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Arrangement:  DARMON MEADER

© 2014 Hamptones Music

The lyrics of this hymn are in direct reflection to Cardinal John Henry Newman’s life (1801 – 1890). In 1833, Cardinal Newman, while abroad in Italy, became seriously ill and longed to return home to England. It was during this time, when as a young priest, that he penned the words to his poem then entitled “The Pillar of Cloud”. He recounts:


“Before start­ing from my inn, I sat down on my bed and began to sob bit­ter­ly. My ser­vant, who had act­ed as my nurse, asked what ailed me. I could only an­swer, “I have a work to do in En­gland.” I was ach­ing to get home, yet for want of a ves­sel I was kept at Pa­ler­mo for three weeks. I began to vis­it the church­es, and they calmed my im­pa­tience, though I did not at­tend any ser­vices. At last I got off in an orange boat, bound for Mar­seilles. We were be­calmed for whole week in the Straits of Bon­i­fa­cio, and it was there that I wrote the lines, “Lead, Kind­ly Light,” which have since be­come so well known.”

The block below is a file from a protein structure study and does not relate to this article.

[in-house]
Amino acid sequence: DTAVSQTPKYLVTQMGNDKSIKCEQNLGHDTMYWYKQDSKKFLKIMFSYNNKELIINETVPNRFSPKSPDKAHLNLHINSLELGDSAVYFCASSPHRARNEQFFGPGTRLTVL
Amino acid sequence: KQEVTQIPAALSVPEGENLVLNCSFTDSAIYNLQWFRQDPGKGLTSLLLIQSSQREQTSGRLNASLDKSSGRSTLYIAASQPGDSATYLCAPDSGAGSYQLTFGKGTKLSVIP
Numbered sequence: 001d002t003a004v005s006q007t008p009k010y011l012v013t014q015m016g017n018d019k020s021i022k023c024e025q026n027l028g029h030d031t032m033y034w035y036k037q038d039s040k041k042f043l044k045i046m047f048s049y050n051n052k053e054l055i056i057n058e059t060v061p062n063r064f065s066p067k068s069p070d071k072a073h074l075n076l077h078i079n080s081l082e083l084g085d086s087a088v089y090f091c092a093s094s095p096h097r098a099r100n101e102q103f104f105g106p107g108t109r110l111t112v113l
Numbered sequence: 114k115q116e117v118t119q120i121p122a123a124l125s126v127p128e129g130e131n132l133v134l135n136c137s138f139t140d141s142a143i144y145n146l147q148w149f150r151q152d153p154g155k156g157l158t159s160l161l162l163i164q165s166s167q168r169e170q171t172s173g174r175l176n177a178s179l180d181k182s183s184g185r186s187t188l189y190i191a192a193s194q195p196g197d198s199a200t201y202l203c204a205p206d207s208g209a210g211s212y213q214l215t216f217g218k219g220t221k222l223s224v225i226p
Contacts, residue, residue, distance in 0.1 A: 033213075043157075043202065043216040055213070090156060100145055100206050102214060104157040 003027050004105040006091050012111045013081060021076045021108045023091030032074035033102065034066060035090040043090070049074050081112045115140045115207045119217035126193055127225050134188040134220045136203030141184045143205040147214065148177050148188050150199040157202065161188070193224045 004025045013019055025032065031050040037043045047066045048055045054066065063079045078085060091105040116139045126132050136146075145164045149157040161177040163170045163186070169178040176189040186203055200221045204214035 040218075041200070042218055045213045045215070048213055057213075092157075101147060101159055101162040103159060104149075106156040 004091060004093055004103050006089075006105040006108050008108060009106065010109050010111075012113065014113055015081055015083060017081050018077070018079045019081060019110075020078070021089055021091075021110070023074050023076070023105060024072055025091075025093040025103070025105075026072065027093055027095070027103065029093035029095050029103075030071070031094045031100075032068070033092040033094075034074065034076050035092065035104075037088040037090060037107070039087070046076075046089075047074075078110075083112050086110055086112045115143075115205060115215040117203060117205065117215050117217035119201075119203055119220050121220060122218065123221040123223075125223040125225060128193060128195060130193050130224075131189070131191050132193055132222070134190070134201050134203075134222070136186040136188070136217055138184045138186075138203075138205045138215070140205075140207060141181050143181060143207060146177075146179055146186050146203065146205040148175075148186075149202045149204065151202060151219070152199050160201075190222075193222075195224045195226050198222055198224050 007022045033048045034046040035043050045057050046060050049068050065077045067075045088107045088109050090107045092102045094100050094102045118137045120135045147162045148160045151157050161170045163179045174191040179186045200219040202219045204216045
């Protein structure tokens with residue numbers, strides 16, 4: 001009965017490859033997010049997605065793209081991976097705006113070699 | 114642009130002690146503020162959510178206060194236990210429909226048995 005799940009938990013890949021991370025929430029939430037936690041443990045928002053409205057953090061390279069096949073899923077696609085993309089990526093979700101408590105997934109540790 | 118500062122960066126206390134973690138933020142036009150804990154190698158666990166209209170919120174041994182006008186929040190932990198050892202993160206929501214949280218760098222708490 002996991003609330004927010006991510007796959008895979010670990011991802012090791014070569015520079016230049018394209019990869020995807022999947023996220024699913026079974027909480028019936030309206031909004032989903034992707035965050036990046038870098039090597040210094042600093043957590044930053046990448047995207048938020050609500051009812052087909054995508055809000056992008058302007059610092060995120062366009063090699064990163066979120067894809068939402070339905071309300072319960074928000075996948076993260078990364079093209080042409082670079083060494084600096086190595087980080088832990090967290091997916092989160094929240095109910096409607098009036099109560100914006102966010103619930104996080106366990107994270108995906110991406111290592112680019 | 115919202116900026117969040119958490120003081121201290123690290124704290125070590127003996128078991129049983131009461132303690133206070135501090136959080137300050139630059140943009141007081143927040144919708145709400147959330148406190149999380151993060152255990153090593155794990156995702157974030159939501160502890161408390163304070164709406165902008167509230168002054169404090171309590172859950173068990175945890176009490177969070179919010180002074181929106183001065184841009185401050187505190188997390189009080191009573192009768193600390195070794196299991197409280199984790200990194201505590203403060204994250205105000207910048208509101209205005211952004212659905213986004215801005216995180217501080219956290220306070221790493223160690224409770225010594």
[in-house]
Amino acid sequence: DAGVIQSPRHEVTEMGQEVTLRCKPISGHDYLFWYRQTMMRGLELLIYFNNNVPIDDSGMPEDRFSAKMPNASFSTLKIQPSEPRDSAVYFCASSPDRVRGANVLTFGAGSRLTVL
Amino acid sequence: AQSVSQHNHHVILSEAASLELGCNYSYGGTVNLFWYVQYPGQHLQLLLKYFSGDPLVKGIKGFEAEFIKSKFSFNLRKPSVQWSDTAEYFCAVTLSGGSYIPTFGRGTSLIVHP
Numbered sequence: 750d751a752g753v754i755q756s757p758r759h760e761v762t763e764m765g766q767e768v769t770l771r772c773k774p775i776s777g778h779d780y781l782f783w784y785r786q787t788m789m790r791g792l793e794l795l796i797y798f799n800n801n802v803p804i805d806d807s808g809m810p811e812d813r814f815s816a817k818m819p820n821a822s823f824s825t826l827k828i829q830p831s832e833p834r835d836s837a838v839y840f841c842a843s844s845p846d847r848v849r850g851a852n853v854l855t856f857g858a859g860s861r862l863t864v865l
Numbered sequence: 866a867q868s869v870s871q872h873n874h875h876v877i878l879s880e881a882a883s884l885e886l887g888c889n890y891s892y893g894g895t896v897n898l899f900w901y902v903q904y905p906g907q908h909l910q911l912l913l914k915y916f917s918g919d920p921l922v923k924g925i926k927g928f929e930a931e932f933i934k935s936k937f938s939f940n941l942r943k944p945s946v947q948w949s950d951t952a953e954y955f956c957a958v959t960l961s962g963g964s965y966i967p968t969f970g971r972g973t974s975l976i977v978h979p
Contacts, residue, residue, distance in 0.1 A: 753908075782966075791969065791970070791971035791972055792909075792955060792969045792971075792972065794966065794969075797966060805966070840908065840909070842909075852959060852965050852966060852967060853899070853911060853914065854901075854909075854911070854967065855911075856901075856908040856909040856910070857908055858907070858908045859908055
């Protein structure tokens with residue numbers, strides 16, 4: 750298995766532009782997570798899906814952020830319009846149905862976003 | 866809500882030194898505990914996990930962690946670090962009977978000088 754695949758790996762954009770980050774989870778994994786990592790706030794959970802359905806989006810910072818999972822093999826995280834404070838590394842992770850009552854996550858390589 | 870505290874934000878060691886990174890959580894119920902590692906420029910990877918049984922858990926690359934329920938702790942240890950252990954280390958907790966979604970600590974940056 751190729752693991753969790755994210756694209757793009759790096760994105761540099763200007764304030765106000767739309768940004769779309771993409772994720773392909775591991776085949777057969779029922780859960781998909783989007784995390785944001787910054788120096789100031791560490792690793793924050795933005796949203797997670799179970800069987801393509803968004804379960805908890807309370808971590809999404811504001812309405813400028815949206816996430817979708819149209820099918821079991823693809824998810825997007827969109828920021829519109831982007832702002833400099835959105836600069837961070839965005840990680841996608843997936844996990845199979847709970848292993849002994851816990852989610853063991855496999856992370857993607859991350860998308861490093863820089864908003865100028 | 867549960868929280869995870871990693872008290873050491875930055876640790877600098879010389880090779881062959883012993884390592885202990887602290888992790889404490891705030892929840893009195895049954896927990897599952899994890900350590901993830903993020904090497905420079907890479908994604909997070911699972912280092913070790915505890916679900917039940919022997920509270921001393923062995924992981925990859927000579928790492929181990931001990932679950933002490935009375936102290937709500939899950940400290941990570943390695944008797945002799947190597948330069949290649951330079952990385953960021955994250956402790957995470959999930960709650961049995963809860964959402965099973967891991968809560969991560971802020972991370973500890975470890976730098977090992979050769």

These lyrics, then, are the author's account of the state of his personal feeling, and the circumstances which surrounded him at the time that he wrote what must be regarded as one of the finest lyrics of the nineteenth century. Angry at the state of disunion and indifference in the Church he still loved and in which he still believed; confident that he had "a mission," "a work to do in England;", passionately longing for home and the converse of friends; sick in body to prostration, and, as some around him feared, even unto death; feeling that he should not die but live, and that he must work, but knowing not what that work was to be, how it was to be done, or to what it might tend, he breathed forth his impassioned prayer.


John B. Dykes (1823-1876) set these lyrics to a music that came to him while walking the busy streets of London in August of 1865. He named his hymn tune Lux Benigna (Kindly Light) after the light which if we will follow kindly leads us out of the darkness of adversity and trial. 

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